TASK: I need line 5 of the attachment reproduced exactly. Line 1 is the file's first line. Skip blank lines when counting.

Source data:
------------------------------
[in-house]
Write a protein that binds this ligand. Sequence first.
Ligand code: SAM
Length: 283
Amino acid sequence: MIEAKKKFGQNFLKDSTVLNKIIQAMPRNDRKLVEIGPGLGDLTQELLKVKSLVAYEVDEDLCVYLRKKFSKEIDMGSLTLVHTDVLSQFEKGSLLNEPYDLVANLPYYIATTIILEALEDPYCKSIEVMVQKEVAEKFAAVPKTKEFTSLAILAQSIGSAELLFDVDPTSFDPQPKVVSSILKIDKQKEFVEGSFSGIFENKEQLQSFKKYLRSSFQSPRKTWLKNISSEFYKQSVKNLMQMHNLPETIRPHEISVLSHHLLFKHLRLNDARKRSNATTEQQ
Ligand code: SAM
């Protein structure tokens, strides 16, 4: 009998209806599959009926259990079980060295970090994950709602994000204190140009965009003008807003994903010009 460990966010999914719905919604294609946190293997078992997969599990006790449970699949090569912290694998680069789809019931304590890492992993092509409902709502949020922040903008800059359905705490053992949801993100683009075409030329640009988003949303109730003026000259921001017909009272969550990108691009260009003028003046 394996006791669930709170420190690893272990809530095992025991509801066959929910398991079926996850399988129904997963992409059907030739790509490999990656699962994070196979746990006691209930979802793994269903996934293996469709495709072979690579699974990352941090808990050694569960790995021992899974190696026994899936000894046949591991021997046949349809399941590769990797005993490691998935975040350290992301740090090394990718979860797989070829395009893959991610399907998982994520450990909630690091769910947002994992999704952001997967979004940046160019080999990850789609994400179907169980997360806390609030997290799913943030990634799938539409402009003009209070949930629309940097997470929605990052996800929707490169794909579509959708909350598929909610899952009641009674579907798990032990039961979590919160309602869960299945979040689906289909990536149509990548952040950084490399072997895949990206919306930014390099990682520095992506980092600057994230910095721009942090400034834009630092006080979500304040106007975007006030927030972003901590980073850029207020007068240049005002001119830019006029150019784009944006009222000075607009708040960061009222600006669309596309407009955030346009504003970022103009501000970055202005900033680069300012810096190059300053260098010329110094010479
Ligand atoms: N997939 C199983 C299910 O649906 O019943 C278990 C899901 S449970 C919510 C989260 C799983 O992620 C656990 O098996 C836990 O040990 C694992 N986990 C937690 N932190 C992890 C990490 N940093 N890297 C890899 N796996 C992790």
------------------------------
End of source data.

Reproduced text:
Amino acid sequence: MIEAKKKFGQNFLKDSTVLNKIIQAMPRNDRKLVEIGPGLGDLTQELLKVKSLVAYEVDEDLCVYLRKKFSKEIDMGSLTLVHTDVLSQFEKGSLLNEPYDLVANLPYYIATTIILEALEDPYCKSIEVMVQKEVAEKFAAVPKTKEFTSLAILAQSIGSAELLFDVDPTSFDPQPKVVSSILKIDKQKEFVEGSFSGIFENKEQLQSFKKYLRSSFQSPRKTWLKNISSEFYKQSVKNLMQMHNLPETIRPHEISVLSHHLLFKHLRLNDARKRSNATTEQQ